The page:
Seasons, the debut of Boston-based singer/songwriter Molly Brulé, is an impressive, beautiful four-song EP that makes me, frankly, desperate for a full length album.
Before I start, let me just stress that I’ll do my best to not make any cheesy puns about Brulé’s last name. That’d be childish.
Her voice is stunning; creamy, with a deliciously crispy surface…wait…fuck.
Seriously though, her voice is absolutely gorgeous, with a lovely rich center and a nearly indecipherable rasp at the beginning of phrases that serves the songs extremely well.
Seasons is pristinely recorded and mixed. The backing instruments, which variously include acoustic guitar, piano, drums, bass, strings, and ambient noise, are precise and well played. I looked for album credits and found none, but whoever accompanied Brulé on this album should be given a standing ovation, as should her recording, mixing, and mastering engineers.
Melodically, the lady knows her stuff. My favourite track is the fourth one, “So Long For Now.” A simple diatonic melody pairs with a I-IV chord progression, creating exquisite major sevenths that made me close my eyes with delight. The strings on this song also make it a standout. I call the melody “simple” but mean no derision; Brulé considers herself a “folk-pop-americana singer/songwriter” and the emphasis is definitely on pop. The album is immensely accessible, and its remarkable production and simple melodies reiterate that point.
Brulé doesn’t shy away from compound meter, which is rare in this genre of music and made track #1 “Ghost of You” grab my attention.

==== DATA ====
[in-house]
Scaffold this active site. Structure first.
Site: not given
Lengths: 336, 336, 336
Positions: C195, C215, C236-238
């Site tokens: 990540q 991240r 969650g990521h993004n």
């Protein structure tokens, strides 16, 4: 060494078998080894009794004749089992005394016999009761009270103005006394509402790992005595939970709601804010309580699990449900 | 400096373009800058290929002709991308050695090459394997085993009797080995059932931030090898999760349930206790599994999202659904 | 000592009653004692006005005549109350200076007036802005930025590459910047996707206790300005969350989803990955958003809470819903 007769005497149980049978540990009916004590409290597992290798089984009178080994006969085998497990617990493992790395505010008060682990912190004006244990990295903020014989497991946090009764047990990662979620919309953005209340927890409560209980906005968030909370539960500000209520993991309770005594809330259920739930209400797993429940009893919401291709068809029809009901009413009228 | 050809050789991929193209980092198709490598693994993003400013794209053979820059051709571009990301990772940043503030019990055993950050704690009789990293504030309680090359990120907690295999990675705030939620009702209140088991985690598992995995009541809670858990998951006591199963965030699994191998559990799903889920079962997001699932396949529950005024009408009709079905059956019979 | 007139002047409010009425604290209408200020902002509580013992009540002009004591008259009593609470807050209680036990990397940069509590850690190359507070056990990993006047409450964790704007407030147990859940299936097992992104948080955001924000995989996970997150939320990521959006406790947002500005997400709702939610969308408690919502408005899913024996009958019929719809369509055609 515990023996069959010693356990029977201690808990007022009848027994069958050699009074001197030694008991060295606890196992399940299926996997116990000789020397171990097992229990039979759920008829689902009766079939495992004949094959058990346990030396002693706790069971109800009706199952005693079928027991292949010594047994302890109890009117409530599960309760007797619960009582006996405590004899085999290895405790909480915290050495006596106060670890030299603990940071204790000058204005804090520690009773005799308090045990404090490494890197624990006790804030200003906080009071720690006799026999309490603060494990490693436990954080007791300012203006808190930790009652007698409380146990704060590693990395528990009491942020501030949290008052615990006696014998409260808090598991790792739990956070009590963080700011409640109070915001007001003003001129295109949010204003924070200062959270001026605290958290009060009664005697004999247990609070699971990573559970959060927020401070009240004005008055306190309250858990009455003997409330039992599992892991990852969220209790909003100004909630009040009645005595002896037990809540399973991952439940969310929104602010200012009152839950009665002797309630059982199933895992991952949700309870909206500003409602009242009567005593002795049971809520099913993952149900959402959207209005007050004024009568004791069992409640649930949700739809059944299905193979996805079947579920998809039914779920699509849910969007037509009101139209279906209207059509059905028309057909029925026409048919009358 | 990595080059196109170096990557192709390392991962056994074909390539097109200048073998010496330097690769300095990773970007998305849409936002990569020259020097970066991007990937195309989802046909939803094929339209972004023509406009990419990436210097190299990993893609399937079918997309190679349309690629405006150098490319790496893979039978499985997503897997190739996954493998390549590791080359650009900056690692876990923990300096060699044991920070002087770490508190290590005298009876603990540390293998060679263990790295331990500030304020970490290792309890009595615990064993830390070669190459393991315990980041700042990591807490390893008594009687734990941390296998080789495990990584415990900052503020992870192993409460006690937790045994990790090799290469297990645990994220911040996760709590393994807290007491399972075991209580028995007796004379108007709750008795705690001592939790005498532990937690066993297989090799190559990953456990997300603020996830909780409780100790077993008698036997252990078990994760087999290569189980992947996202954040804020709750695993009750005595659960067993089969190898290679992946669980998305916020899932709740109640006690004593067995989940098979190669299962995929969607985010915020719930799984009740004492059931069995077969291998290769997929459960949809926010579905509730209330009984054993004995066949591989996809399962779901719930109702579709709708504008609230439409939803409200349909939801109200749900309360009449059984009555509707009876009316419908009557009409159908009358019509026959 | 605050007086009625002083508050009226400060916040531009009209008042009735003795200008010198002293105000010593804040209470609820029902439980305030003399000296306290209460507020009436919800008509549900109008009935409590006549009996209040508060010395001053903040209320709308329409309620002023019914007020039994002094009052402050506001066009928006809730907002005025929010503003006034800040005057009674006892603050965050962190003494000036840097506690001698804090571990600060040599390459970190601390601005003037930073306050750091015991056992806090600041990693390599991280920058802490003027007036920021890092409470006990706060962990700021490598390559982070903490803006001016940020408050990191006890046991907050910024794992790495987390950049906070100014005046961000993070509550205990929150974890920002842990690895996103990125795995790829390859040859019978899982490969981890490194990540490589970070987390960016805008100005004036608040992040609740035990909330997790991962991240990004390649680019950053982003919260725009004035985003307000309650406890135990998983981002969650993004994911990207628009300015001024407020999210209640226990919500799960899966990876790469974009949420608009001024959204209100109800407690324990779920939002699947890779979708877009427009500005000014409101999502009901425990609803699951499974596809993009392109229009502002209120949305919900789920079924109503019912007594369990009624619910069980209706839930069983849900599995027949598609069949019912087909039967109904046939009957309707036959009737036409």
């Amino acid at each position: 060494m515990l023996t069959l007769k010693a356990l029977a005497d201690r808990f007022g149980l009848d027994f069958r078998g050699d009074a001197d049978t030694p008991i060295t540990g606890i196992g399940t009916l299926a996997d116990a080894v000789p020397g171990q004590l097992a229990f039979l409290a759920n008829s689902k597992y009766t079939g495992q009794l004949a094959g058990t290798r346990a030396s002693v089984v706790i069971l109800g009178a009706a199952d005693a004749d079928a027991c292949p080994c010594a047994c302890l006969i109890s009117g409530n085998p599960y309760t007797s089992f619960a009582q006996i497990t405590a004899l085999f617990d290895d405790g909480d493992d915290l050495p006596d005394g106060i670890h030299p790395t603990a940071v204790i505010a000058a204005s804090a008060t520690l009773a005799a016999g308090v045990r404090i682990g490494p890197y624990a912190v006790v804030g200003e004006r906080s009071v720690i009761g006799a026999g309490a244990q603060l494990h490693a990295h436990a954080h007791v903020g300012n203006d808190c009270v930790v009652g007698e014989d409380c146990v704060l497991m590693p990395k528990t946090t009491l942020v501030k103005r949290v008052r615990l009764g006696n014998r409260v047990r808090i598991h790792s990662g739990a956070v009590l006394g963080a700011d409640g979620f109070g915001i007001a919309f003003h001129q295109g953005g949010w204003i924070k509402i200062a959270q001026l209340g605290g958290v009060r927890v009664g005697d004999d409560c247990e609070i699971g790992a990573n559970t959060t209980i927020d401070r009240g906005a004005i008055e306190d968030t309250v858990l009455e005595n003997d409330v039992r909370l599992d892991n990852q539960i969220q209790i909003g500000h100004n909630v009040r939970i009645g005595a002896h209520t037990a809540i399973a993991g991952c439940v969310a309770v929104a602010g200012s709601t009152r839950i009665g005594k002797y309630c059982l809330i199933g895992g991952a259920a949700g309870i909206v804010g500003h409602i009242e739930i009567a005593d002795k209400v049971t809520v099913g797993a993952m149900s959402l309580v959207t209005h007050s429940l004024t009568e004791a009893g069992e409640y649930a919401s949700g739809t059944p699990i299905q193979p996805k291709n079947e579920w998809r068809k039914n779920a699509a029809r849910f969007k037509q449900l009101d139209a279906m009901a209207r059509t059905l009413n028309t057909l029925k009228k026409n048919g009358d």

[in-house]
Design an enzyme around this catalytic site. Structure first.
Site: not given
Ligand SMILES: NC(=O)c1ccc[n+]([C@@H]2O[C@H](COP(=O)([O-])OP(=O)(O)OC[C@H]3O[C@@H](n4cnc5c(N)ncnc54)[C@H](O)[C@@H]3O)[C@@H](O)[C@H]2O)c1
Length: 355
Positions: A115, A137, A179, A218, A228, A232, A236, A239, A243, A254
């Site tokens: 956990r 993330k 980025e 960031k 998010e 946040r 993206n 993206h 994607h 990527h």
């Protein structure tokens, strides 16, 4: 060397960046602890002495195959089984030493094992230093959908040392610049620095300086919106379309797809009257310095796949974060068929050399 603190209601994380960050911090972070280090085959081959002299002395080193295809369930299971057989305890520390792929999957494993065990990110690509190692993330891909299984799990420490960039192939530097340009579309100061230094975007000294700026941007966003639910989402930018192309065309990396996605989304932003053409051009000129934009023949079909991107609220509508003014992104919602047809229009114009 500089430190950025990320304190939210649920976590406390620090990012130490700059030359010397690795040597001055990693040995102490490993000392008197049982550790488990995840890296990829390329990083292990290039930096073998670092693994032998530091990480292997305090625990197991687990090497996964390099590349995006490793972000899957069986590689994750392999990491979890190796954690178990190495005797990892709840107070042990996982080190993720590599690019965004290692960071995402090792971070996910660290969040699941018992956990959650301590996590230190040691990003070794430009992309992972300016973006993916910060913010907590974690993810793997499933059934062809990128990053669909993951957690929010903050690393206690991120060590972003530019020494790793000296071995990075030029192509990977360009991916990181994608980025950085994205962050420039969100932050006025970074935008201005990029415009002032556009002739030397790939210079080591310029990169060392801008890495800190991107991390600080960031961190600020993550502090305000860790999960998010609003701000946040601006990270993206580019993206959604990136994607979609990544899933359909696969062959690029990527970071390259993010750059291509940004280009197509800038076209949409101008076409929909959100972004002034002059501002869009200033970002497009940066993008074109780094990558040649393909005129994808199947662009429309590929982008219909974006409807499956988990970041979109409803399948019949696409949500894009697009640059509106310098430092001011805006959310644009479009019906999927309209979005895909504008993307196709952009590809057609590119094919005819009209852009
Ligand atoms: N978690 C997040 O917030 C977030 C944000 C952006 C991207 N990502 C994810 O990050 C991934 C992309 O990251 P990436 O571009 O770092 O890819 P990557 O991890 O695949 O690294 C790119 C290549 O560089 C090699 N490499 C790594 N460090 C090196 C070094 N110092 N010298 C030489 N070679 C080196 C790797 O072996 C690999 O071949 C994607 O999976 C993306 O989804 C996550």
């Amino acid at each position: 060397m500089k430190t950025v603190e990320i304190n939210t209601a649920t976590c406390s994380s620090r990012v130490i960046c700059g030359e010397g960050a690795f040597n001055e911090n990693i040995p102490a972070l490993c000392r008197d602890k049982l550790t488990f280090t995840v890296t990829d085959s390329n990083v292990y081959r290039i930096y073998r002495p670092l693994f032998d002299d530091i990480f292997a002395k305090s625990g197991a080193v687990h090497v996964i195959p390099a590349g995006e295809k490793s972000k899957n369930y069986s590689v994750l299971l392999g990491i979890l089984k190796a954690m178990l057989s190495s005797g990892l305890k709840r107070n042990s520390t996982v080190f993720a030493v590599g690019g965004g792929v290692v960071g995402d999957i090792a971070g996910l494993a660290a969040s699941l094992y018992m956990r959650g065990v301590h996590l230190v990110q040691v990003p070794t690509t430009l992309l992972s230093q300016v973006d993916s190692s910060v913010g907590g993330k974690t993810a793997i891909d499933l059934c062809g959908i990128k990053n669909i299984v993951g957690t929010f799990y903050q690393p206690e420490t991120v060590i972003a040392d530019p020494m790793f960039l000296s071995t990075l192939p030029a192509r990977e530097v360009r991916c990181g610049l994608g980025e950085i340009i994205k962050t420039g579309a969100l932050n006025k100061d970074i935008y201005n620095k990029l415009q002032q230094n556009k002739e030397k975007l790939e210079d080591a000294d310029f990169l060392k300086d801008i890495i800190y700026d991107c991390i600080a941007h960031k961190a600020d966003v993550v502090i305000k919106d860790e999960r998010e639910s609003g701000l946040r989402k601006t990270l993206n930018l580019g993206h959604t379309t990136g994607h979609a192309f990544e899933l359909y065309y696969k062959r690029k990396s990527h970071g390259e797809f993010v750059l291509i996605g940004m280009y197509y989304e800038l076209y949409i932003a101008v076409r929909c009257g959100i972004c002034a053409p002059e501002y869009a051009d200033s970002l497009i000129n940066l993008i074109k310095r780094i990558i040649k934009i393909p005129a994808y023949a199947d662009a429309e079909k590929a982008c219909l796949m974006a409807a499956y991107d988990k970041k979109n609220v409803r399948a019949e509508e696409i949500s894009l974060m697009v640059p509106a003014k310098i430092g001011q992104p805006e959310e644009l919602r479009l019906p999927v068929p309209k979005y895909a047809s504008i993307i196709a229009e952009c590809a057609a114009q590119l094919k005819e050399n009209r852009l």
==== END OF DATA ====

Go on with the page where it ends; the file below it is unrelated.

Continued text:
My only problem with this EP is the lack of lyrical originality. Brulé sings with a huge amount of emotion, and I could tell she means it when she says on her website “The lyrics [on Seasons] are really personal to me and it’s scary to let them go, but also freeing and exciting at the same time.” However, her concepts are basic, with predictable rhymes and derivative imagery that does the overall quality of the EP a huge disservice. In track #2 “In My Arms,” she says “heart” more times than my own heart actually beat while listening. It’s a shame, because the combination of her voice, her melodies, the wonderful arrangements, and the fabulous engineering puts this album many steps above its contemporaries, but her lyrics hold it back.
I would greatly enjoy a full-length album by Brulé which took her into deeper waters lyrically, and it wouldn’t even have to be about different song concepts; I firmly believe that the world can’t have enough love songs, as long as each of them has originally crafted lyrics. Brulé could sing a song about the most trite and meaningless shit and make it heart-wrenchingly pretty, but ultimately it’d still be uninspiring. A well placed bone-chilling metaphor or uniquely worded observation would make this album truly astounding.
The first two lines of “So Long For Now” implore you to “Look at the world you live in/ Look at what you have been given” and I would urge Brulé to do the same; the former, to take the time to craft some truly original lyrics the same quality as the rest of her music, and the latter, to compliment herself on an utterly fantastic first record, which sets her apart from many other artists as one with enormous talent and exciting potential.
1. Ghost of You
2. In My Arms
4. So Long For Now